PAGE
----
Another, related issue has to do with women's lower status in marriage. In the end, when Torvald learns of Nora's forgery and loan from Krogstad, he threatens to completely prevent Nora from interacting with their children and to maintain a sham marriage for social reasons. They won't really act like husband and wife except in public. He berates and insults her, saying that she totally lacks principles like her father did, and he completely fails to recognize that Nora only did what she did out of love for him.

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One of the play's themes is the objectification of human beings, that is to say treating them as objects rather than people. That's certainly how both Nora's husband and father have treated her. To Torvald, Nora's nothing more than a trophy wife, something to be shown off to other men as a status symbol. At no point do we get the impression that Torvald ever thinks of this wife as a fully-grown woman with a mind of her own, with her own needs and desires. Because Torvald looks upon Nora as little more than an object, he infantilizes her, treating her like a child, or even worse, a doll. The title of the play is well chosen because Nora is like a living doll trapped in a gigantic doll's house, played with and manipulated by Torvald for his own selfish needs.

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A Doll’s House is the story of the end of a marriage in late 19th-century Norway. It is also the story of the radical changes experienced by middle-class European women in this era. The end of the play famously has Nora walking out of her home—often called “the door slam heard ‘round the world.”

The main issue is women’s restrictions in the repressive social system of the period. Nora is an appealing but hardly flawless protagonist. Her life seems good: she has a nice home, a nice, well-employed husband, and children. Why can't she be satisfied?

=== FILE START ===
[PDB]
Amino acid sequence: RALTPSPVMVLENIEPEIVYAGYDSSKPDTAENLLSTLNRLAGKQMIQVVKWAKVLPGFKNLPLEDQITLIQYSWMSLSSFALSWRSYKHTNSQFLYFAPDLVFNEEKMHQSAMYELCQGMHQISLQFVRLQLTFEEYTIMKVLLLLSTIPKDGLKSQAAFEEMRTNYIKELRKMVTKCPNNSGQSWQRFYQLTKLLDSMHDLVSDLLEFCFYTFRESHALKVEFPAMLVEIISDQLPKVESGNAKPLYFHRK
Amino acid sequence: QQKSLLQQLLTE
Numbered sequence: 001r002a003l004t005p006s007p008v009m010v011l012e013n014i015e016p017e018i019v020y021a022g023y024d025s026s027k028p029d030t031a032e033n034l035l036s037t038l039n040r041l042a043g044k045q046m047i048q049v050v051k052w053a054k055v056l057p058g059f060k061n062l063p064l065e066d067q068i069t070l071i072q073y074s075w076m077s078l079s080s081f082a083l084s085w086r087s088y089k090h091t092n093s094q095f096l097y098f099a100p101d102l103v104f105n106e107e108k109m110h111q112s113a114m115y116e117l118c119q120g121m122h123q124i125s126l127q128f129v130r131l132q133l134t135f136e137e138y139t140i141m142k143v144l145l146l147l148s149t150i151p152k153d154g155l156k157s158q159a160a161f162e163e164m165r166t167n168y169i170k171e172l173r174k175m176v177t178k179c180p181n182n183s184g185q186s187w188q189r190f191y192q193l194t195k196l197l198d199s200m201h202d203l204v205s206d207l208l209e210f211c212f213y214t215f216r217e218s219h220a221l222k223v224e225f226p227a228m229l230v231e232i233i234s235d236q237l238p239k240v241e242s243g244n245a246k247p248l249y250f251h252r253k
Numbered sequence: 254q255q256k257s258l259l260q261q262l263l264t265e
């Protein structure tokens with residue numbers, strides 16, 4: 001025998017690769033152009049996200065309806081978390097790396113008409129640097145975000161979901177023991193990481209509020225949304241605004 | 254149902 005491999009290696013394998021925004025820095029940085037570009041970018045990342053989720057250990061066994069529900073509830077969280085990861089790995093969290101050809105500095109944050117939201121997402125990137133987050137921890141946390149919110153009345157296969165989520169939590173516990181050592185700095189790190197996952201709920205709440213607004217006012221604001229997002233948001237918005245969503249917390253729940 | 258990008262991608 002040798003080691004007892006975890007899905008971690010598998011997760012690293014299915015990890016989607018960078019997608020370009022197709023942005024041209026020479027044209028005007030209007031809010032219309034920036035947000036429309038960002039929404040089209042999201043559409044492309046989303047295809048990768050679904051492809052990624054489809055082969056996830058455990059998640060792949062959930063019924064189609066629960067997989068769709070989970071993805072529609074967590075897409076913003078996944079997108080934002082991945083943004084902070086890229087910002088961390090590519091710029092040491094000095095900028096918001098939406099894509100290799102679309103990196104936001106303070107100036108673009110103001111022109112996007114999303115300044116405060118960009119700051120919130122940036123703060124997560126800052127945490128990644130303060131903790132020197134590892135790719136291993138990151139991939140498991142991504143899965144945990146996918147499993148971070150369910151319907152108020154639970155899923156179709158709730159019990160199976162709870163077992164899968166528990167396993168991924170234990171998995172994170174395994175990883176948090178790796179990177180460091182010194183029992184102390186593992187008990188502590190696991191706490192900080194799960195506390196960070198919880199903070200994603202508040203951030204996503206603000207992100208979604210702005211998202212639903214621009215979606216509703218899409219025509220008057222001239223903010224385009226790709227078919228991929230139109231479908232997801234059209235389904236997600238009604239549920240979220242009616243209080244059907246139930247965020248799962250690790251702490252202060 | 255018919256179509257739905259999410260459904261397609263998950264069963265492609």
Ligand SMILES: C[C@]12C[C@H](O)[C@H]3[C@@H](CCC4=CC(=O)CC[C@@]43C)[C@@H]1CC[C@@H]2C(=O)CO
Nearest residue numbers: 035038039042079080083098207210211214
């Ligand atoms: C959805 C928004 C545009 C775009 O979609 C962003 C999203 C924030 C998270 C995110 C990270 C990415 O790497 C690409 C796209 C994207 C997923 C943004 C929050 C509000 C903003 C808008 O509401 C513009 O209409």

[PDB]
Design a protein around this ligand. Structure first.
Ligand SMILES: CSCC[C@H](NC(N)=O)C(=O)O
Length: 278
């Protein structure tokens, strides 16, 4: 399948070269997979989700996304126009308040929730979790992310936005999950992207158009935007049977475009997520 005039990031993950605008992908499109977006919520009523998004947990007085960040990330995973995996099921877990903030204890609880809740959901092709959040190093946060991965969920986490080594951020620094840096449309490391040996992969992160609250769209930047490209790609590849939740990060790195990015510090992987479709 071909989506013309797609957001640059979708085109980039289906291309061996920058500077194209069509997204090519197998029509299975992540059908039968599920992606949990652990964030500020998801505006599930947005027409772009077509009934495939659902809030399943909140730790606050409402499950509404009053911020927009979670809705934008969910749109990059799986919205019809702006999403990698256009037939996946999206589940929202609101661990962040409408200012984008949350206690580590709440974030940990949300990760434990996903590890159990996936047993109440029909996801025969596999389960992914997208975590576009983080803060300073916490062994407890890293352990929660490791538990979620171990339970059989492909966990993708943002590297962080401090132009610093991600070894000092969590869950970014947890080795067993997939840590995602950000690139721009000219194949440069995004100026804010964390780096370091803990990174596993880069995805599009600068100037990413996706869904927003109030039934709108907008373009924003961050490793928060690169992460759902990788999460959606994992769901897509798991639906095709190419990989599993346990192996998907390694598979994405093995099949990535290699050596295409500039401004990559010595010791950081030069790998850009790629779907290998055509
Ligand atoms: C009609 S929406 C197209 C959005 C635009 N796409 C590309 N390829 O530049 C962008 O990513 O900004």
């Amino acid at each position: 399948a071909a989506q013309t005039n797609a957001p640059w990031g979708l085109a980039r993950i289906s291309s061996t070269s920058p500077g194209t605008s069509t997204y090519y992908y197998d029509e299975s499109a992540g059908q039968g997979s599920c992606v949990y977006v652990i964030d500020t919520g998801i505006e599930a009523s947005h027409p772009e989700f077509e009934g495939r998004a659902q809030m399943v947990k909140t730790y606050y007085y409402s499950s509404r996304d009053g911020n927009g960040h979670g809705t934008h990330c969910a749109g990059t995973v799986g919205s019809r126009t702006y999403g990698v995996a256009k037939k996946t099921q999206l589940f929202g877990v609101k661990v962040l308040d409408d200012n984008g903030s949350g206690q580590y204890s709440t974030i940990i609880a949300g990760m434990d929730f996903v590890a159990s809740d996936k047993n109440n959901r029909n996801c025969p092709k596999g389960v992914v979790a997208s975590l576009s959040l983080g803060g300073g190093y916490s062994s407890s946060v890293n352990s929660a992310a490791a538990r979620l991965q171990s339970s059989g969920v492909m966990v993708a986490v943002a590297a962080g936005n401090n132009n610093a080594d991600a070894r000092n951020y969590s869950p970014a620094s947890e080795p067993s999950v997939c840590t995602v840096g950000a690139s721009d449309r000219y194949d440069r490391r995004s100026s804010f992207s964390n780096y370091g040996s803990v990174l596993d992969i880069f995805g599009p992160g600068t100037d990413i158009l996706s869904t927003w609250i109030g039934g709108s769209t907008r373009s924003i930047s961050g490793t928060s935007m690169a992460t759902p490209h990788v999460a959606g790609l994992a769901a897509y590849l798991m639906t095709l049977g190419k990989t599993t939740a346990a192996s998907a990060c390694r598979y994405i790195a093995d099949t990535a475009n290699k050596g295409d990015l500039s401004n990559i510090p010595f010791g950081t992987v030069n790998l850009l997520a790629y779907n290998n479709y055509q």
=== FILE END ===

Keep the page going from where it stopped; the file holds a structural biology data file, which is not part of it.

Two closely related issues are the hypocrisy of marriage and the impossibility of happiness without romantic love. Marriage was virtually required of a woman of Nora’s class, as working outside the home was not an option. Nora has to face the fact that the affection she feels for her husband is not love. Her marriage is a sham.

Related to the hypocrisy is the falsity of appearances. Nora and Torvald seem to be well off, but in fact, Nora has borrowed money and forged papers to do so. This sets in motion a chain of events that involve Nora in further deceit and ultimately reveal that Torvald is interested more in appearances than in morality. Nora’s decision to leave is not just a rejection of social hypocrisy but also a rejection of Torvald in particular.

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The play raises several issues. Here are a few:

1. The roles of women in Nora's male-dominated society

2. The nature of real love

3. The importance of dignity and self-respect

4. The power of money in our lives

5. Personal growth and awareness

6. The lack of communication between people

7. Selfishness vs. selflessness

8. The dynamics of power

9. The emotional price paid for dependence

The play deals to some degree with each of these. See the eNote links below for a discussion of the major conflicts and themes in the play.